If a manslaughter charge is not supported by any view of the evidence, then a judge does not commit error by refusing to give such an instruction in a murder case. Commonwealth v. Campbell, 352 Mass. 387 , 392 (1967). All reasonable inferences are drawn in favor of the defendant in deciding whether a manslaughter instruction was supported by the evidence. Commonwealth v. Vanderpool, 367 Mass. 743 , 746 (1975).
Voluntary manslaughter is "a killing from a sudden transport of passion or heat of blood, upon a reasonable provocation and without malice, or upon sudden combat." Commonwealth v. Vanderpool, supra at 746, quoting Commonwealth v. Soaris, 275 Mass. 291 , 299 (1931). There was no evidence that the three men were provoked, attacked, or otherwise assaulted by the victim. See Commonwealth v. Halbert, 410 Mass. 534 , 539 (1991) ("The victim's question ['Josh, what do you want to do?']) was neither insulting nor hostile" and was not sufficient evidence of provocation to warrant manslaughter instruction); Commonwealth v. Pierce, ante 28, 32 (1994) (nonthreatening invitation accompanied by physical gesture were insufficient evidence to warrant manslaughter instruction).
A defendant is guilty of involuntary manslaughter if the homicide he is charged with was (a) the unintentional result of an act committed with such disregard of its probable harm to another as to amount to wanton or reckless conduct, or (b) an unintentional death which results from the commission of a battery. See Commonwealth v. Sheppard, 404 Mass. 774 , 776 (1989), and cases cited. "A killing without malice does not automatically become involuntary manslaughter. The traditional elements of involuntary manslaughter must be shown by evidence that the jury might believe before an instruction on involuntary manslaughter is required." Commonwealth v. Sires, 413 Mass. 292 , 302-303 (1992).
Evidence of wanton and reckless conduct amounting to involuntary manslaughter was not raised by the testimony. The risk of harm associated with stabbing a person in the head with knives and slashing a person's throat with a razor blade is the kind of risk that could only lead to a determination of malice. Commonwealth v. Ferreira, 417 Mass. 592 , 599 (1994).
The defendant's argument that the evidence required an instruction on the theory of a battery not amounting to a felony-manslaughter also is unsupported by the evidence. "The law of this Commonwealth recognizes unlawful-act manslaughter . . . if the unlawful act is a battery not amounting to a felony, when the defendant knew or should have known that the battery he was committing endangered human life." Commonwealth v. Sires, supra at 302 n. 10. The testimony does not support a claim that the victim's death was an unintentional death resulting from a battery not amounting to a felony.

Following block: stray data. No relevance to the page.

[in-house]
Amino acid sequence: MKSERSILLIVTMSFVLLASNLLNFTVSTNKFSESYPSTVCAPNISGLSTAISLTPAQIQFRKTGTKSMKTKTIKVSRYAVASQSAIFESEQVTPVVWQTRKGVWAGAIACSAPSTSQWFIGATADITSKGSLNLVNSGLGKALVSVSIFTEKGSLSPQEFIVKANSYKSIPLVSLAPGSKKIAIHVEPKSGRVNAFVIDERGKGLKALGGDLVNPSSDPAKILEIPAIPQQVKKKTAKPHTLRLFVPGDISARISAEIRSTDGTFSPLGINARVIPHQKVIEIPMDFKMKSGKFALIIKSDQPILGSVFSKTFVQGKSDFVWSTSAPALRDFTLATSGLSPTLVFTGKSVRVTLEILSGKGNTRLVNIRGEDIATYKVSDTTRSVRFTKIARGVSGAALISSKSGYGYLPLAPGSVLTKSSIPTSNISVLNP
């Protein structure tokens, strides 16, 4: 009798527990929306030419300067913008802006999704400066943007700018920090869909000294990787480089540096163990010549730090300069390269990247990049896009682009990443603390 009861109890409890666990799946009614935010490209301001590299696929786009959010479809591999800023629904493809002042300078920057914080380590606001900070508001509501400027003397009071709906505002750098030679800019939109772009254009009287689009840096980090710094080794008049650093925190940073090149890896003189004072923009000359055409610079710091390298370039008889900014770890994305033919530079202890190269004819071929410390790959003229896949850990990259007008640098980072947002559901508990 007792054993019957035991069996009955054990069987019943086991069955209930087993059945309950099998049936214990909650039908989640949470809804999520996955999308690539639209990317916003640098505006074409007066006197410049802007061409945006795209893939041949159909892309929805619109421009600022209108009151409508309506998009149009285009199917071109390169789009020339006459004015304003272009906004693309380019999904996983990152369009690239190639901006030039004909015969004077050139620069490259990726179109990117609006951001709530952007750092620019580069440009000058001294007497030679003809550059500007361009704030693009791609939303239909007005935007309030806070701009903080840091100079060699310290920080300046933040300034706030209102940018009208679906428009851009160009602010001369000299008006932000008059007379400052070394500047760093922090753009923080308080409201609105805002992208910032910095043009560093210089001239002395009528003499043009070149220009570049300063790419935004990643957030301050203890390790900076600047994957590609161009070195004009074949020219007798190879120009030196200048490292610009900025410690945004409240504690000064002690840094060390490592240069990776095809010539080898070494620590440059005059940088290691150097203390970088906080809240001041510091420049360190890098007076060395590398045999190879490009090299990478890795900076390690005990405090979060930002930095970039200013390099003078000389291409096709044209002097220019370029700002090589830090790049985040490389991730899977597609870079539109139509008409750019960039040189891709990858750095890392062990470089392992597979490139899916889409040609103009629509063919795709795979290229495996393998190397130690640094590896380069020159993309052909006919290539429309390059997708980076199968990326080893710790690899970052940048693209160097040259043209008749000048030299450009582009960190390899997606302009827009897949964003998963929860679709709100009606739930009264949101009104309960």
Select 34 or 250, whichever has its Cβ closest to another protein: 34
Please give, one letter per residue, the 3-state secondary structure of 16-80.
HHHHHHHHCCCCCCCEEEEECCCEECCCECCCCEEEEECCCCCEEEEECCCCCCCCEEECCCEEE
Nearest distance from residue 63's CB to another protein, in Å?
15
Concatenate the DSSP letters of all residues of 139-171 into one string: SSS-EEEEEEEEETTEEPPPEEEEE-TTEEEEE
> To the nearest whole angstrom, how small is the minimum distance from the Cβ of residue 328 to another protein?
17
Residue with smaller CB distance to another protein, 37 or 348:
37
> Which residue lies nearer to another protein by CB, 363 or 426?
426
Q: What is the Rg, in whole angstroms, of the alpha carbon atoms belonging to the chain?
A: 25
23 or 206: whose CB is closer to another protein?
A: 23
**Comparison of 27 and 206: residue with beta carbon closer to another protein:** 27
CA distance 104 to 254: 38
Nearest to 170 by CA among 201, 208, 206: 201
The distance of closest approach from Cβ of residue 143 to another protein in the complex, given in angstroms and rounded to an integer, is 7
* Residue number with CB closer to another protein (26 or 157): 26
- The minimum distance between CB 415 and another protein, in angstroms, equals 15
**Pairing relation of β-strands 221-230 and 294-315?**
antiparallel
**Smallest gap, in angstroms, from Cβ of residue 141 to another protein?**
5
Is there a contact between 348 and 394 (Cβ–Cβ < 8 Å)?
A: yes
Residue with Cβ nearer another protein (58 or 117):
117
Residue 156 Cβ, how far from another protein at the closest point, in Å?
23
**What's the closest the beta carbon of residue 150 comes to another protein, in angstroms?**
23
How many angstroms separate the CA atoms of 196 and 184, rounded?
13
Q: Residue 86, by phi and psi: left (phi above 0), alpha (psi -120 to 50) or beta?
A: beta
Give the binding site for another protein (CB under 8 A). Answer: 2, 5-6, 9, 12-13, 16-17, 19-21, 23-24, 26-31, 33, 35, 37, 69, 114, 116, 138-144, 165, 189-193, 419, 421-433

The defendant's trial strategy was a claim that he was present and fearful [Note 5] of Halbert and Pierce but that he was
not a participant or a joint venturer in the homicide by felony-murder or extreme atrocity or cruelty. If the jurors believed that the defendant was merely present and fearful, then they were required to acquit him. If the jurors believed that the defendant was part of a felonious joint venture which was inherently dangerous to human life or that he was ready, willing, and able to assist his coventurers in their criminal assault on the victim, then the jury could convict the defendant of murder in the first degree. There is no basis on the record for an instruction on either voluntary or involuntary manslaughter.
V. Instruction under the humane practice rule. The defendant concedes that a humane practice instruction was not requested at trial, but argues on appeal that the voluntariness of his signed statement remained a live issue at trial and that the judge erred in not instructing the jury sua sponte under the humane practice rule. Commonwealth v. Tavares, 385 Mass. 140 , cert. denied, 457 U.S. 1137 (1982). We do not agree.
The defendant asserts that voluntariness became a live issue because he denied on cross-examination that he made several of the statements in the written version of his statement to police. The defendant argues that voluntariness also was raised by evidence of the defendant's intoxication, limited education, emotional state, and the circumstances of the interrogation. The defendant's claim at trial was not that the statements were involuntary, but that he did not make some of the statements testified to by police. The defendant did not
raise voluntariness. There was no substantial likelihood that a miscarriage of justice occurred in not instructing on the humane practice because voluntariness of his statement was not a live issue. [Note 6]